Sandoval was only too happy to detail the successes of his administration in this area, led by czar Steve Hill. He rattled off the expansion of autonomous vehicle technology here and the continuing activity at the Tesla Gigafactory. And, not surprisingly, he downplayed reports that Faraday Future may have no future at Apex.
“I think they're going to produce vehicles,” Sandoval said. “ It may not be as soon and as many as people want or hope for, but I think they're going to be producing vehicles. Again, the worst thing that happens is Apex is developed, we have Hyperloop One that is the beneficiary of some of the improvements that have been made out there in terms of infrastructure, and they've made a public announcement that they're going to be doing all of their testing and construction there. I mean, that's hundreds of billions of dollars of investment, so I said it during that session, this isn't just about Faraday. This is as much or more about Apex, and having an equivalent of TRIC, the Tahoe Reno Industrial Center (where the gigafactory is).”
Sandoval chafed at being pitted against Treasurer Dan Schwartz, who has for months criticized the deal’s financing. He even has threatened not to sign the bonds for the project, which Sandoval rebuffed as legitimate.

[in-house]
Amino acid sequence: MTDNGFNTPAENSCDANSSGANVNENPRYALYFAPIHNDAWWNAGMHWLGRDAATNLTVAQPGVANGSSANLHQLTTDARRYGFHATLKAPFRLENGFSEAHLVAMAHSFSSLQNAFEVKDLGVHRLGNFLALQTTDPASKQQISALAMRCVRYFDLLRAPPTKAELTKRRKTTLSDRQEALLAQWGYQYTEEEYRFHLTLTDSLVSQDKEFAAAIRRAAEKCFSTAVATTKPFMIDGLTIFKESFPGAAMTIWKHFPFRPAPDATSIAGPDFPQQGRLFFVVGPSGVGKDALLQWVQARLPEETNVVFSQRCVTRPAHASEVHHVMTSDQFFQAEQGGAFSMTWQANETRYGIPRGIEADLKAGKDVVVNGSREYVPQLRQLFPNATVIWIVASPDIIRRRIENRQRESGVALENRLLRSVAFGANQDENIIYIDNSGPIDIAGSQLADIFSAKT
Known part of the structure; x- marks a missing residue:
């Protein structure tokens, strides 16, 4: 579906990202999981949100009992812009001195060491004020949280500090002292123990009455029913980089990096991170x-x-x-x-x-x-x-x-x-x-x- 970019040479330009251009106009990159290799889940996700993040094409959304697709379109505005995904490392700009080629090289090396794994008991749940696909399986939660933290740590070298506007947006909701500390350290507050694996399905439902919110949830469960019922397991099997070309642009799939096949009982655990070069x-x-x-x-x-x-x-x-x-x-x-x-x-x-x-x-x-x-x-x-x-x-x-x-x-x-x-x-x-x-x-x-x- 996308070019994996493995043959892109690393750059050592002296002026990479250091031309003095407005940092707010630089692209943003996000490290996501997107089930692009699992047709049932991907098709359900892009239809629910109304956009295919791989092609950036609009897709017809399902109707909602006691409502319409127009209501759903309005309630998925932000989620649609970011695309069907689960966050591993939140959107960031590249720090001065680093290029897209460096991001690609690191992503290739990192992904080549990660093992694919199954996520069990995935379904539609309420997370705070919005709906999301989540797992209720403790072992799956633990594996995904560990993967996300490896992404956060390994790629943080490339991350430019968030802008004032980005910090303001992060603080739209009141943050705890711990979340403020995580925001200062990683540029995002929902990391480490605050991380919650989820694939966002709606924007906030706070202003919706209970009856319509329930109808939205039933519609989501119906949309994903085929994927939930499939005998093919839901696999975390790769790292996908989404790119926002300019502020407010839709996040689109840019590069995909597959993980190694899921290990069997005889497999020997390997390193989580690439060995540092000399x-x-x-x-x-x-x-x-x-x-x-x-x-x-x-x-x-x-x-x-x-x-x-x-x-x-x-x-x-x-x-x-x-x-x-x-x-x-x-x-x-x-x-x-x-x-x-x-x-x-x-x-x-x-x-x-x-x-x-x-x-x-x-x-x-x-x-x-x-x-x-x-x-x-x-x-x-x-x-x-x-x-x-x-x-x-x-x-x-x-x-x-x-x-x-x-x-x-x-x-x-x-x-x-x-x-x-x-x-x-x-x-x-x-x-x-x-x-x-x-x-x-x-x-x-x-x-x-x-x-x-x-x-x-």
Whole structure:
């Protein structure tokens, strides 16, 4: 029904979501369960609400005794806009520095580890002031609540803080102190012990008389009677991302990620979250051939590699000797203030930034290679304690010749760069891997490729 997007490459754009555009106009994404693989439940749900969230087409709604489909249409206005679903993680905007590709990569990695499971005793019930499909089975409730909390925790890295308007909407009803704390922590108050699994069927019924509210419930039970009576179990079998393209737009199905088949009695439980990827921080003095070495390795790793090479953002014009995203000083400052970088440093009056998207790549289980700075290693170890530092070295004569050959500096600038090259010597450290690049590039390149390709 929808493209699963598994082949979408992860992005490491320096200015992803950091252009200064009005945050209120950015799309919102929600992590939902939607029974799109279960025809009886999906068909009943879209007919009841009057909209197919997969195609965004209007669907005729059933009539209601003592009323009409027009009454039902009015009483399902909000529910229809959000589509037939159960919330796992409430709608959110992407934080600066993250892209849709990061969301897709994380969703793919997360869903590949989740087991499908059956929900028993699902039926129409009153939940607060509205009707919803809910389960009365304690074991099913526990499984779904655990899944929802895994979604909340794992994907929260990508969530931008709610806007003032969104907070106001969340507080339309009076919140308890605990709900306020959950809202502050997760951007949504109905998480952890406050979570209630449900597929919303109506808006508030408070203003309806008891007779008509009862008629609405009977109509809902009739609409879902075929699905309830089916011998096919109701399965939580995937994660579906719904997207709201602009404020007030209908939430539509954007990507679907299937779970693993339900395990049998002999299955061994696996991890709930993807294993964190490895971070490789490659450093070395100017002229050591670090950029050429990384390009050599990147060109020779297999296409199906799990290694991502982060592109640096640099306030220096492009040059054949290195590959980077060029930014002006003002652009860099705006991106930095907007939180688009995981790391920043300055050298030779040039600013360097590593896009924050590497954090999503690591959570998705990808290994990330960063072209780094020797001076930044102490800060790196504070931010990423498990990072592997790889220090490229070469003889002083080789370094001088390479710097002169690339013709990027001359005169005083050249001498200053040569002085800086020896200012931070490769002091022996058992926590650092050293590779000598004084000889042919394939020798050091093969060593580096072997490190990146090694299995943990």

“There's a bit of false narrative that he's created, that he's going to stop this,” he said. “It was already in the law that they were going to have to post that on, so that was nothing new. I chair the Board of Finance, which is the entity that would approve the letting of the bonds. Certainly he sits on it, but I am not going to approve those bonds unless I'm comfortable with the security that's been presented and how the company is moving forward. So, we've always had that.”
Is he conservative?
Sandoval says he is focused on the session and not about his legacy, which is…. exactly what you would expect him to say. And even though he infuriated some on the right with his $1.5 billion tax increase, he backs away not a millimeter because, he says, the state has changed over the last few decades.
“The state was very different,” he said. “I mean, you didn't have the Internet, so we were collecting sales tax. The state was one of only two and one for a very long time with gaming and a very thriving mining industry… times have changed. And we have no income tax. And, so you have this narrow tax base and a massive part of that tax base, the gaming, was being narrowed as well.”
So, the governor argued, sometimes “you have to go against the grain of ideology.”
“In my heart, I'm a fiscal conservative even though I raised a tax,” he said. “ But we had to do it. We had the narrowest tax base in the country. We needed to invest in education in this state. So, I made an incredibly difficult decision, but what I felt was in the best interest of the state. Would I have preferred to not have to do that? The next governor's not going to have to do that.”